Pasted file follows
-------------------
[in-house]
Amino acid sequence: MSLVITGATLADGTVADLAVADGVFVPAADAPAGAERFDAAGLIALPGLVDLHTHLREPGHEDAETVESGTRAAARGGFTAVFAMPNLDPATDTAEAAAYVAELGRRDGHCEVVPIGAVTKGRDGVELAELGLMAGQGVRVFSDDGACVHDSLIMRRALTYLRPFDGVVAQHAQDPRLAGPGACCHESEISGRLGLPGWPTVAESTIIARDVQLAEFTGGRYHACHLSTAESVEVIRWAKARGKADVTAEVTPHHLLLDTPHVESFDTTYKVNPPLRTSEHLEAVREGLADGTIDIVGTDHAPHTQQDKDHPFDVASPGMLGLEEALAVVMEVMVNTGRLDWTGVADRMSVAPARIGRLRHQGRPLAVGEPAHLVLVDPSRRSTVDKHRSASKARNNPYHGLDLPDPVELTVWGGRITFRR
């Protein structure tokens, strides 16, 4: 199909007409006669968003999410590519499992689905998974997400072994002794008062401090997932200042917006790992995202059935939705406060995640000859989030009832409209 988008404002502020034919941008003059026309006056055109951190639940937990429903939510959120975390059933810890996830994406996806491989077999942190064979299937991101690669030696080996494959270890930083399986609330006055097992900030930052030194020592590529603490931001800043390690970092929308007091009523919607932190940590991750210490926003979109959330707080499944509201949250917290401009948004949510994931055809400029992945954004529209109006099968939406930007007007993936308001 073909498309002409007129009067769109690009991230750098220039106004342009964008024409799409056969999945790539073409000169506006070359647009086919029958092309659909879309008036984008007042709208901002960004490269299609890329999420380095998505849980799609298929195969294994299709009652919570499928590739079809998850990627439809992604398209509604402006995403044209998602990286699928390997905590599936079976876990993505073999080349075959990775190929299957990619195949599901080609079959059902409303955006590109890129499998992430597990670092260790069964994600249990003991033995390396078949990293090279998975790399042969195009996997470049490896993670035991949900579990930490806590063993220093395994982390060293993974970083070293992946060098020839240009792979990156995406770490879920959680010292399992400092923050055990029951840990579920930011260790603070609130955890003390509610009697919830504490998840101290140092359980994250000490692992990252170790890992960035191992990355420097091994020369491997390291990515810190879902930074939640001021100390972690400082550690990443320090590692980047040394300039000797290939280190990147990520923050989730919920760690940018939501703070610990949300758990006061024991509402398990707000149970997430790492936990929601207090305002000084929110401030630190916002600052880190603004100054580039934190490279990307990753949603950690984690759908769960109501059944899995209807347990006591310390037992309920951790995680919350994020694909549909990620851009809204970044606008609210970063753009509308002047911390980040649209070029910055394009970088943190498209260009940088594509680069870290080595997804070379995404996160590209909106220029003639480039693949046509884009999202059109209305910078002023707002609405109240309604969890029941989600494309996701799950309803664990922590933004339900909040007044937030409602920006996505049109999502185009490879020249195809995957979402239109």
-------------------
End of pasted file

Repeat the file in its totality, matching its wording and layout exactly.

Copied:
[in-house]
Amino acid sequence: MSLVITGATLADGTVADLAVADGVFVPAADAPAGAERFDAAGLIALPGLVDLHTHLREPGHEDAETVESGTRAAARGGFTAVFAMPNLDPATDTAEAAAYVAELGRRDGHCEVVPIGAVTKGRDGVELAELGLMAGQGVRVFSDDGACVHDSLIMRRALTYLRPFDGVVAQHAQDPRLAGPGACCHESEISGRLGLPGWPTVAESTIIARDVQLAEFTGGRYHACHLSTAESVEVIRWAKARGKADVTAEVTPHHLLLDTPHVESFDTTYKVNPPLRTSEHLEAVREGLADGTIDIVGTDHAPHTQQDKDHPFDVASPGMLGLEEALAVVMEVMVNTGRLDWTGVADRMSVAPARIGRLRHQGRPLAVGEPAHLVLVDPSRRSTVDKHRSASKARNNPYHGLDLPDPVELTVWGGRITFRR
């Protein structure tokens, strides 16, 4: 199909007409006669968003999410590519499992689905998974997400072994002794008062401090997932200042917006790992995202059935939705406060995640000859989030009832409209 988008404002502020034919941008003059026309006056055109951190639940937990429903939510959120975390059933810890996830994406996806491989077999942190064979299937991101690669030696080996494959270890930083399986609330006055097992900030930052030194020592590529603490931001800043390690970092929308007091009523919607932190940590991750210490926003979109959330707080499944509201949250917290401009948004949510994931055809400029992945954004529209109006099968939406930007007007993936308001 073909498309002409007129009067769109690009991230750098220039106004342009964008024409799409056969999945790539073409000169506006070359647009086919029958092309659909879309008036984008007042709208901002960004490269299609890329999420380095998505849980799609298929195969294994299709009652919570499928590739079809998850990627439809992604398209509604402006995403044209998602990286699928390997905590599936079976876990993505073999080349075959990775190929299957990619195949599901080609079959059902409303955006590109890129499998992430597990670092260790069964994600249990003991033995390396078949990293090279998975790399042969195009996997470049490896993670035991949900579990930490806590063993220093395994982390060293993974970083070293992946060098020839240009792979990156995406770490879920959680010292399992400092923050055990029951840990579920930011260790603070609130955890003390509610009697919830504490998840101290140092359980994250000490692992990252170790890992960035191992990355420097091994020369491997390291990515810190879902930074939640001021100390972690400082550690990443320090590692980047040394300039000797290939280190990147990520923050989730919920760690940018939501703070610990949300758990006061024991509402398990707000149970997430790492936990929601207090305002000084929110401030630190916002600052880190603004100054580039934190490279990307990753949603950690984690759908769960109501059944899995209807347990006591310390037992309920951790995680919350994020694909549909990620851009809204970044606008609210970063753009509308002047911390980040649209070029910055394009970088943190498209260009940088594509680069870290080595997804070379995404996160590209909106220029003639480039693949046509884009999202059109209305910078002023707002609405109240309604969890029941989600494309996701799950309803664990922590933004339900909040007044937030409602920006996505049109999502185009490879020249195809995957979402239109």